Siem Reap is the town where people visiting the Angkor Wat temple complex generally find their accommodation. Not surprisingly it is a busy and tourist filled destination. It is expanding at a rate of knots and the expansion is being funded largely by hotel chains and other commercial partners. It has a Hard Rock Cafe, Starbucks, Burger King and all the other western delights. In large areas it is struggling to retain anything other than a sanitised culture of it’s own.
But you don’t come here to see Siem Reap you come for the temples. However they are no longer a remote backpacker destination but more a tour group stop off. Many of the more remote temples and sights are still quiet but even at dawn Angkor Wat is very busy. The roads between the more remote temples are being improved so no doubt over time these will become busier too.
Various publications and websites put Angkor Wat as the world’s greatest destination, a bucket list essential and a must see for any discerning traveller. Whilst I wouldn’t say we were disappointed with it, I would say that I think a lot of the hype is to do with the exotic location rather than the temples themselves. Personally I found the pyramids and the Valley of the Kings more stunning by comparison and the Grand Canyon simply indescribable. Angkor Wat I would put alongside the ruins in Rome as fascinating relics of an ancient era.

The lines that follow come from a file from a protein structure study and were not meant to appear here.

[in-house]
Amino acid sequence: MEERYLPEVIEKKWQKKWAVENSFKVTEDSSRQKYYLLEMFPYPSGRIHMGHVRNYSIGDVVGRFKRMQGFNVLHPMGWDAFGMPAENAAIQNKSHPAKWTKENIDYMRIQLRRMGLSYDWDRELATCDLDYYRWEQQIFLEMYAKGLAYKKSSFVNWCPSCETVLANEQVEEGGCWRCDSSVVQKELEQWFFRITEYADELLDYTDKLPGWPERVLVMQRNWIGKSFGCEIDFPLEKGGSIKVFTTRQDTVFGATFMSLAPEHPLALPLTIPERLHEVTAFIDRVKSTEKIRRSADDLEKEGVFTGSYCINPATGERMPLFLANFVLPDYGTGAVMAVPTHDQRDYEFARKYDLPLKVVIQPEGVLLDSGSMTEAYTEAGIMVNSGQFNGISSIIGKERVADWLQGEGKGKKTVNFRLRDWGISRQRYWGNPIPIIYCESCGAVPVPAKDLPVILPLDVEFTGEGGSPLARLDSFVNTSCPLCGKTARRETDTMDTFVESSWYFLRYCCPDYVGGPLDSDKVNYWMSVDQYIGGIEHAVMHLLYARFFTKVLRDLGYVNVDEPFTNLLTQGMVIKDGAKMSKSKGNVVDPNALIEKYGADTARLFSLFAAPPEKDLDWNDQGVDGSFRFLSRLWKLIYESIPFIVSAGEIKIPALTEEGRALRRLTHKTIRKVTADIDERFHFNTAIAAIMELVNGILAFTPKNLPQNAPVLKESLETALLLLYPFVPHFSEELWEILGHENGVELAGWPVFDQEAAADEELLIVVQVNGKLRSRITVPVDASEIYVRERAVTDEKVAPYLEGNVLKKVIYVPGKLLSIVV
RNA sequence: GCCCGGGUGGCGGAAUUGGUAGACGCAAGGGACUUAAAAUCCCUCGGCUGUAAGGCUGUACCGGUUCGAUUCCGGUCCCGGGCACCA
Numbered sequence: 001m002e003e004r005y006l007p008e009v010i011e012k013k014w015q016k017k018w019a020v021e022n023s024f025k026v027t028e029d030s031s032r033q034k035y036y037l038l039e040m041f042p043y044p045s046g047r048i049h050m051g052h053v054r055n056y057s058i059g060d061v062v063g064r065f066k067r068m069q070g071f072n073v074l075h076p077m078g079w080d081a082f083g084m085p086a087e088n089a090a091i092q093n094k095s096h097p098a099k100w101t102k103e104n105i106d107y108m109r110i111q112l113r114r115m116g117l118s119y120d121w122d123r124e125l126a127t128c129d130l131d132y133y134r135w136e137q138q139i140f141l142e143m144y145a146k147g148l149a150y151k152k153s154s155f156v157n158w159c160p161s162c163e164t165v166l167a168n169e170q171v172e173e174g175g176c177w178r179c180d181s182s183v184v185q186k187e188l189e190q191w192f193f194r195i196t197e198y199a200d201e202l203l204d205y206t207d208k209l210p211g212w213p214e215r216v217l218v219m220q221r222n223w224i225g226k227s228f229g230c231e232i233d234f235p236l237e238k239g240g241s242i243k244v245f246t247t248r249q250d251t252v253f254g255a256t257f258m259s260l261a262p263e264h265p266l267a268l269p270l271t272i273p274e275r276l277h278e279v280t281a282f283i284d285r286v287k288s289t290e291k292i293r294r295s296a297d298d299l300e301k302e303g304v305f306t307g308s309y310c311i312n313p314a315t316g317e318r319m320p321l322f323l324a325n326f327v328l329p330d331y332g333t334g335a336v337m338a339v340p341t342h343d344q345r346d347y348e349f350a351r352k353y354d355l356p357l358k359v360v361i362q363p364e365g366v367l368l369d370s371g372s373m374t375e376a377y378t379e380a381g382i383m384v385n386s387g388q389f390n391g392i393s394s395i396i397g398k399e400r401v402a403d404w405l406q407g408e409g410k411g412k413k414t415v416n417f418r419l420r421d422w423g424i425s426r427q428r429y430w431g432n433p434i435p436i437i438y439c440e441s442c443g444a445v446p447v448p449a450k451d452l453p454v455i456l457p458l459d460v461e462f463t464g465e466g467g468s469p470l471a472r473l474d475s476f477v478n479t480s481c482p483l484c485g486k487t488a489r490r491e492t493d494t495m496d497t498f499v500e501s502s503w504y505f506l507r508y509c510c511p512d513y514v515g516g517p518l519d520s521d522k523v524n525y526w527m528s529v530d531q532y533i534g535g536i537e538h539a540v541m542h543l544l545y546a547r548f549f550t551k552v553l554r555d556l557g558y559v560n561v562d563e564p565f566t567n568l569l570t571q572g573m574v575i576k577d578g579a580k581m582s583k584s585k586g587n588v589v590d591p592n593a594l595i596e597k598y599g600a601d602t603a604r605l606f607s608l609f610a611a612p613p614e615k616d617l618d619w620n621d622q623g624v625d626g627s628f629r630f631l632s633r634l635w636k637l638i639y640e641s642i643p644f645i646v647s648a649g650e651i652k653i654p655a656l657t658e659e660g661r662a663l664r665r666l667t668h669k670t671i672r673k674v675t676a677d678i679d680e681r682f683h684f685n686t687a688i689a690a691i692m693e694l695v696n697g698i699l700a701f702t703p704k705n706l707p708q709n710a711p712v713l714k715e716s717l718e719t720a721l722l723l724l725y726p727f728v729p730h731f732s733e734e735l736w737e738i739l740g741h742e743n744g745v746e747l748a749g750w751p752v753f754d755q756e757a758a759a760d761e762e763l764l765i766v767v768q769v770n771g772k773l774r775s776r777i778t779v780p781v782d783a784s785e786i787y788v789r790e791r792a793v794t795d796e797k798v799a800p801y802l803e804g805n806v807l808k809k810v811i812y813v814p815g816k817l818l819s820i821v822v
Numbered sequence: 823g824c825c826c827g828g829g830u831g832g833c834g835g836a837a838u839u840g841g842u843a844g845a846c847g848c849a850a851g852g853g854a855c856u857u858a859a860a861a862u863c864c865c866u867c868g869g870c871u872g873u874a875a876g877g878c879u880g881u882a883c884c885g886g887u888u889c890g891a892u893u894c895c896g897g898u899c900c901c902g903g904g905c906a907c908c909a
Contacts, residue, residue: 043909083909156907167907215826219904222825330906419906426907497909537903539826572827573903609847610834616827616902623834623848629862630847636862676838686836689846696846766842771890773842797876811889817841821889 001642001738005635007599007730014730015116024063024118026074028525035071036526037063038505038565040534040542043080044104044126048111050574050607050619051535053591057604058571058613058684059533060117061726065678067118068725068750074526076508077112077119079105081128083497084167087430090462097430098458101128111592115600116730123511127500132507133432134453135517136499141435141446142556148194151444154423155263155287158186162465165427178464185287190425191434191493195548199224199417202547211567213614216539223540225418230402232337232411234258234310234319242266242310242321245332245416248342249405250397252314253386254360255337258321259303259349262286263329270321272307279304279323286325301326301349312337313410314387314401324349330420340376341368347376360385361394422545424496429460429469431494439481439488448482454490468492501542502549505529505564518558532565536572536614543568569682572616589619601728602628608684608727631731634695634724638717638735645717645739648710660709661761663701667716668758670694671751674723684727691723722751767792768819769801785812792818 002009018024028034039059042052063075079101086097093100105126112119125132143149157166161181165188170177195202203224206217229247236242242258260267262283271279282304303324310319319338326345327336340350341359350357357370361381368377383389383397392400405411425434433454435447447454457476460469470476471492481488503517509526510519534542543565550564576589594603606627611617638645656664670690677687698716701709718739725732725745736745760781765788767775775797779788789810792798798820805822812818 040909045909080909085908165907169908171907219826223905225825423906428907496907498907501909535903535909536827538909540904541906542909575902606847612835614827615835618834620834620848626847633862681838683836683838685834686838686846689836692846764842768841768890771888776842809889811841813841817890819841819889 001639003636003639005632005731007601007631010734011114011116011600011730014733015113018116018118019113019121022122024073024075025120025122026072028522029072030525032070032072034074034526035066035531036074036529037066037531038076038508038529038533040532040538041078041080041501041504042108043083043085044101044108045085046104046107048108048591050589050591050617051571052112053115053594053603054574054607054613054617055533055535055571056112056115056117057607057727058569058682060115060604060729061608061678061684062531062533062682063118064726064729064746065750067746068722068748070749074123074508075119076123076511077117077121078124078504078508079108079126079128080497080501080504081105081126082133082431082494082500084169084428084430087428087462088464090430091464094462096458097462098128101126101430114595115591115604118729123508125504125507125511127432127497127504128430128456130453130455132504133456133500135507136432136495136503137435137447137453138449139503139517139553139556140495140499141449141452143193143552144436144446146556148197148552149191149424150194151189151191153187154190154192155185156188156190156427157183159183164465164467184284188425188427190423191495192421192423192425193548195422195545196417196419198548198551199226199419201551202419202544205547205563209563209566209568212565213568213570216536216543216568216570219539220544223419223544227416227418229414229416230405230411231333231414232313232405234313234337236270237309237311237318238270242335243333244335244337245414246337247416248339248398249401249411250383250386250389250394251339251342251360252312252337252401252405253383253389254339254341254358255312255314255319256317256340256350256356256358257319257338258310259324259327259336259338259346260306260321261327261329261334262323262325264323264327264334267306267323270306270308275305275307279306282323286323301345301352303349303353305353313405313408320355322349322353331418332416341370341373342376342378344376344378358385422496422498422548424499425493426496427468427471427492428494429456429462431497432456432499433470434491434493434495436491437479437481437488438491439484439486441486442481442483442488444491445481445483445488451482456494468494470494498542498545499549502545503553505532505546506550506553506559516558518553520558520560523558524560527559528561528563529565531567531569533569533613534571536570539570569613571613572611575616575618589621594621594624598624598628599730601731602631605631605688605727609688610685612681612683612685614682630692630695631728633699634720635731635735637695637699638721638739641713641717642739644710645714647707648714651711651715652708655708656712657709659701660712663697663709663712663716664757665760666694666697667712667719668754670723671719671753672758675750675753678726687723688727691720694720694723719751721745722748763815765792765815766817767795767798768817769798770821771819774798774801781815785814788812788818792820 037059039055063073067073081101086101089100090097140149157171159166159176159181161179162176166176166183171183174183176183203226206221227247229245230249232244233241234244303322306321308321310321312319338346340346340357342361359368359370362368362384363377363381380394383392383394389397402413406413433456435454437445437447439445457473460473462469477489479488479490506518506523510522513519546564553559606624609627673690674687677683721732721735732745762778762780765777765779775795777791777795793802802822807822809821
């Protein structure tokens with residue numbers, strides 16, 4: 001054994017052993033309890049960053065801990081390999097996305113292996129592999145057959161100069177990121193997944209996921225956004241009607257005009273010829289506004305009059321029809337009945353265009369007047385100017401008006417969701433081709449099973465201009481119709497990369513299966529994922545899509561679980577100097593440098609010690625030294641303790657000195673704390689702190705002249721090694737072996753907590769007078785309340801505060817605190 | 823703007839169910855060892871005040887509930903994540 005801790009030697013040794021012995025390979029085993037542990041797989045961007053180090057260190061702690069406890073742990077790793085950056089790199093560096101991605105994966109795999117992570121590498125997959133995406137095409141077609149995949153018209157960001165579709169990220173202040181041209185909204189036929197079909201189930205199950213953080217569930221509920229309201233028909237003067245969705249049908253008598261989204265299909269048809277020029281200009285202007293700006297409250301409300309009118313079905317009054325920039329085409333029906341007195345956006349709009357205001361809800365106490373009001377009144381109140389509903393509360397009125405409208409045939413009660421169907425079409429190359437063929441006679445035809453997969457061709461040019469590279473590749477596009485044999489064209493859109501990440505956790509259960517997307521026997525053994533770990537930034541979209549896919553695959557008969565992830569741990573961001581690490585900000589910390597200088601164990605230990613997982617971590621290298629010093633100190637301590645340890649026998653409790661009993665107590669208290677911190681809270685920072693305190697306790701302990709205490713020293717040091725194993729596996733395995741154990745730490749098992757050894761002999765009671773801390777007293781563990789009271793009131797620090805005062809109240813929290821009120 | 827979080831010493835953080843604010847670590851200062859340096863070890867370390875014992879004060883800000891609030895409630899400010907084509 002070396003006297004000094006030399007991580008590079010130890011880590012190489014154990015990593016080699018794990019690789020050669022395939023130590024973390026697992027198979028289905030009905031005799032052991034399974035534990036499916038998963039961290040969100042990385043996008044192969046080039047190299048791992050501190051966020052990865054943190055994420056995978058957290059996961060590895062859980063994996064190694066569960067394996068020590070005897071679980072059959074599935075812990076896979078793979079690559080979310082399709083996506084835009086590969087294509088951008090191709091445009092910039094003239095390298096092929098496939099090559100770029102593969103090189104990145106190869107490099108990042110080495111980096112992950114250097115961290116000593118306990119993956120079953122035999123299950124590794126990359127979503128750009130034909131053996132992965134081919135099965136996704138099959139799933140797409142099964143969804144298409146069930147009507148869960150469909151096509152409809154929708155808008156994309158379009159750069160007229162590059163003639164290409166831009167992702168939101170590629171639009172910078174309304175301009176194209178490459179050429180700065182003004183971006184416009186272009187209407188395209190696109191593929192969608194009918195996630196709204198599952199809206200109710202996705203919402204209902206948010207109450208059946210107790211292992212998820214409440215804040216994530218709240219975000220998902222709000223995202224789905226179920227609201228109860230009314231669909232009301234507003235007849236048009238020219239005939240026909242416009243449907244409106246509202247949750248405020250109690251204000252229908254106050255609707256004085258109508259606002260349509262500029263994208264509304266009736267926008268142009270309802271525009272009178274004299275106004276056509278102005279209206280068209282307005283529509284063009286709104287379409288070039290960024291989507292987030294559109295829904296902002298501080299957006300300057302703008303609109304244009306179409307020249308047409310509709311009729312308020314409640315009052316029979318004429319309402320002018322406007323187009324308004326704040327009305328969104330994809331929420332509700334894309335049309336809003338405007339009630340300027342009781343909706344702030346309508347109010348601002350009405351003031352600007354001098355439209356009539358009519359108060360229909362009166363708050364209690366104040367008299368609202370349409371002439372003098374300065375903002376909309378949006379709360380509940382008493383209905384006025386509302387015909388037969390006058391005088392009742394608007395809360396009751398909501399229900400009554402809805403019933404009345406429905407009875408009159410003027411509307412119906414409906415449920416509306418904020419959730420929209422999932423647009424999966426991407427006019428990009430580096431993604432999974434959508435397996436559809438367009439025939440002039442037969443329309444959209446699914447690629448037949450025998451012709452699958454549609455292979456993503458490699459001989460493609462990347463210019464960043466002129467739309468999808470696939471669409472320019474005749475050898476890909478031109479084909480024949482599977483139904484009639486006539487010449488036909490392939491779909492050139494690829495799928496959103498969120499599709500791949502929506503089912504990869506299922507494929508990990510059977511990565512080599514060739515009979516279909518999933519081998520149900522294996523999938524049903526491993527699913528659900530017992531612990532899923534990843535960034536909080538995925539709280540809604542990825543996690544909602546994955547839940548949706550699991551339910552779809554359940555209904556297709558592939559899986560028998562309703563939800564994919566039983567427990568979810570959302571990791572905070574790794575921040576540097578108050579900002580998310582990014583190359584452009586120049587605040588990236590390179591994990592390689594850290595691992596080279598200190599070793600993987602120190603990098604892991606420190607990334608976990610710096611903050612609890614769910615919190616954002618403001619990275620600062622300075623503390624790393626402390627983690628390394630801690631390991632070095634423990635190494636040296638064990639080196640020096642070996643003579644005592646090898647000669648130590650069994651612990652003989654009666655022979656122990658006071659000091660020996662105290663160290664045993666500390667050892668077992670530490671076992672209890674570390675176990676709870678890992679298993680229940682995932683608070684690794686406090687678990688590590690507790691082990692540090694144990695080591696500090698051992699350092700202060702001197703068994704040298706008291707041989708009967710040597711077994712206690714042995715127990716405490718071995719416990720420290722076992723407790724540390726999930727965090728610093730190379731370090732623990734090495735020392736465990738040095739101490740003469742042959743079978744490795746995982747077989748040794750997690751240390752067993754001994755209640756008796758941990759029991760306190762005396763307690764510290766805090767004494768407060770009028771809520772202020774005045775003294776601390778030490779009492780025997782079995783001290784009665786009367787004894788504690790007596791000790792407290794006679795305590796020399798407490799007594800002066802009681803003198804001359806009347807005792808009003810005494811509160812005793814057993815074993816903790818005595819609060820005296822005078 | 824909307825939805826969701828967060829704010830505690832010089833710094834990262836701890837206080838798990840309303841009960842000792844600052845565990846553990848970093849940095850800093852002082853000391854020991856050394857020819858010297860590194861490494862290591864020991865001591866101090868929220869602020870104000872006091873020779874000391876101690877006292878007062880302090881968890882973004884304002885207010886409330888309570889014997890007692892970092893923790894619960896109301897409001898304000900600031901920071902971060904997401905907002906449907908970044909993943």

Angkor Wat is the largest of the temples, Bayon has the crazy head statues and Thom has the jungle setting (as seen in Tomb Raider!). Many of the other temples are being ‘restored’ and the quality and nature of this restoration is very much down to the country funding it. Cambodia being such a poor country will accept this aid from anyone it seems. The Indians managed to ruin part of Angkor Wat years ago by using acid to clean some of the friezes. The Chinese tend to knock them down and rebuild, like a giant jigsaw, also creating any of the parts that were missing out of concrete- you can imagine what the results are like. The Germans, Swiss and French have all helped out much more sympathetically in regards to the buildings and their surroundings.
Definitely worth seeing if you are in this part of the world but I would be disappointed if I had come just to see the temples. We bought a 3 day pass but actually only used 2 days. In reality unless you are a temple fanatic you could probably see the main sights in one day.